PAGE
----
Current Release

5/1/2014: Version 5.0.1

Many, many bug fixes, including a large number of bugs that can cause crashes. spamdyke-qrv has also received a great deal of attention and now handles every strange configuration qmail can support.

Download spamdyke version 5.0.1

Previous Releases

1/28/2014: Version 5.0.0

Adds full recipient validation and some new sender filters. Also changes the whitelisting feature to not automatically allow relaying for whitelisted connections and fixes a number of bugs.

Download spamdyke version 5.0.0
View the upgrade notes

1/20/2012: Version 4.3.1

Corrects a bug in the new header blacklist filter that could cause erroneous errors and incorrect message rejections.

Download spamdyke 4.3.1

1/15/2012: Version 4.3.0

Adds the ability to filter messages based on the content of their headers. Also fixes some small bugs, a compile error on Debian 7 and a major series of bugs that could result in buffer overflows (possibly remotely exploitable, depending on the configuration options). Please upgrade immediately!

Download spamdyke 4.3.0

rDNS directories

Some of the options described below search directory structures for rDNS names. A directory structure is used because repeatedly searching a file full of domain names incurs a serious performance penalty. Querying the filesystem for the existance of a single file is very fast. Rule of thumb: if there are more than 100-200 entries in a file, consider switching to a directory structure instead.

To construct the directory path it uses, spamdyke takes the remote server's rDNS name, breaks it apart at the dots and reverses it using the following patterns:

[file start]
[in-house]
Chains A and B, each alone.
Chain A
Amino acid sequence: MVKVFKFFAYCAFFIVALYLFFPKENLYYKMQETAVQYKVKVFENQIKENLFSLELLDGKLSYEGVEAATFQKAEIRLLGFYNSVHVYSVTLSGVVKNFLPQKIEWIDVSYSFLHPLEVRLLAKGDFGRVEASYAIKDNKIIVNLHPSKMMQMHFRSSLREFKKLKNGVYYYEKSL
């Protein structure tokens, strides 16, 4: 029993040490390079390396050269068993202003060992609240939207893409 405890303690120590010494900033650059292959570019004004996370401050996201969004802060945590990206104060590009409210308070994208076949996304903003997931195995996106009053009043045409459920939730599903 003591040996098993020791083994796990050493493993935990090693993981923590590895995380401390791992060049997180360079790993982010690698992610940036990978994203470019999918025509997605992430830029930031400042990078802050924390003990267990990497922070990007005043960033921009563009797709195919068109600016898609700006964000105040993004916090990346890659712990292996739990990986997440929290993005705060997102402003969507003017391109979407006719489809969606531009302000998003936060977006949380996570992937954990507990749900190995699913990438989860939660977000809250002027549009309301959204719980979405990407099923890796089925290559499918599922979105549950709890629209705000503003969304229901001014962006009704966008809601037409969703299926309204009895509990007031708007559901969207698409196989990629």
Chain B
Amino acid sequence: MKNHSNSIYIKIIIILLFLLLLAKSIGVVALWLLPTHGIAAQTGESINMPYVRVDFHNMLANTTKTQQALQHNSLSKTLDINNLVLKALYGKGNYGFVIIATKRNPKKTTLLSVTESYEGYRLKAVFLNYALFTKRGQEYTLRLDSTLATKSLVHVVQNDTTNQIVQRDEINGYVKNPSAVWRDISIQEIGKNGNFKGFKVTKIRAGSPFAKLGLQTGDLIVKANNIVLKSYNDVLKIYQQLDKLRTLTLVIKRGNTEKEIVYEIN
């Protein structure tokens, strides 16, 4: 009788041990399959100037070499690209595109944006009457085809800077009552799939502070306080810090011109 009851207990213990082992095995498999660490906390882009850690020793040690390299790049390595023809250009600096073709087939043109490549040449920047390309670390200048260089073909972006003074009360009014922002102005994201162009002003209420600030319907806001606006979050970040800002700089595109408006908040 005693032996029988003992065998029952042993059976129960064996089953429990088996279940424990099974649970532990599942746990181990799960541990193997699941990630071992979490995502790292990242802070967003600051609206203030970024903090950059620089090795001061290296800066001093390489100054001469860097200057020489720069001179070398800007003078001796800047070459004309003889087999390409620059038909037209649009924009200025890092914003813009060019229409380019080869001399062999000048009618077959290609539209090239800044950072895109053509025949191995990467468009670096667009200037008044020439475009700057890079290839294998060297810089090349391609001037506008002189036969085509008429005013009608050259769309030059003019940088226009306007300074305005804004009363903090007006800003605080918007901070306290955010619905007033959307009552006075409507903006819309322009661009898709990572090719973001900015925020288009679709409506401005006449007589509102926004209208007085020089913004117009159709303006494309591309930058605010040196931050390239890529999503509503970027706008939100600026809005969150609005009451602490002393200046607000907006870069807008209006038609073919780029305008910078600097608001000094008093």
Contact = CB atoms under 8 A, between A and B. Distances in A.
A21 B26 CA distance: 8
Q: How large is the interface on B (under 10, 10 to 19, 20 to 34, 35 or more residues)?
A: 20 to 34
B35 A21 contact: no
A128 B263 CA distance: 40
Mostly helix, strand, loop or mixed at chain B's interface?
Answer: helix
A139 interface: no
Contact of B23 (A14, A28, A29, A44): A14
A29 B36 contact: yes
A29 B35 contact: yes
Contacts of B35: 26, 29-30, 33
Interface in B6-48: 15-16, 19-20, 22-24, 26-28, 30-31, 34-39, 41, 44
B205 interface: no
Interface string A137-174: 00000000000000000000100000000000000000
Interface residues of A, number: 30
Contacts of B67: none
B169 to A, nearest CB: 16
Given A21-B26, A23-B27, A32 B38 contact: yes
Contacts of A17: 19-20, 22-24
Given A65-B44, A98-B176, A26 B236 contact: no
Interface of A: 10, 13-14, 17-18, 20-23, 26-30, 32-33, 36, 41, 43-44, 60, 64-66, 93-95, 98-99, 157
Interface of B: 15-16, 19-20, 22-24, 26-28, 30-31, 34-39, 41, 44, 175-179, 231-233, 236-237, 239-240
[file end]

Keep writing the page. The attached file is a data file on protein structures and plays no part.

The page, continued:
e-five.d-four.c-three.b-two.a-one becomes a-one/b/b-two/c-three/e-five.d-four.c-three.b-two.a-one
d-four.c-three.b-two.a-one becomes a-one/b/b-two/c-three/d-four.c-three.b-two.a-one
c-three.b-two.a-one becomes a-one/b/b-two/c-three.b-two.a-one
b-two.a-one becomes a-one/b/b-two/b-two.a-one
a-one becomes a-one/a/a-one
In essence, the last three sections of the name are reversed and become directory names. If there are more than three sections, no further directories are created. Also, the first letter of the next-to-last section is used as a directory name. This is done to keep the numbers of directories per folder lower, since the "com" folder has the potential to become unmanagable. The full rDNS name is always used as the filename.

The final filename is treated as a wildcard and matches any host that ends with the given name. For example, if the following file existed in the directory structure:

spamdyke would match the following rDNS names:

These directory and filenames can be constructed with the domain2path tool, included with spamdyke. domain2path takes one rDNS name as an argument and returns the correct path to that name. domain2path also accepts a flag, -d, which makes it only return the directories in the path. This is useful in scripts:

mkdir -p /PATH/TO/DIR/`domain2path -d FQDN`
touch /PATH/TO/DIR/`domain2path FQDN`

NOTE: The names of all the directories and files used in the directory structure must be lowercase or spamdyke will not match them. Unfortunately, searching a case sensitive filesystem in a case insensitive manner is not practical.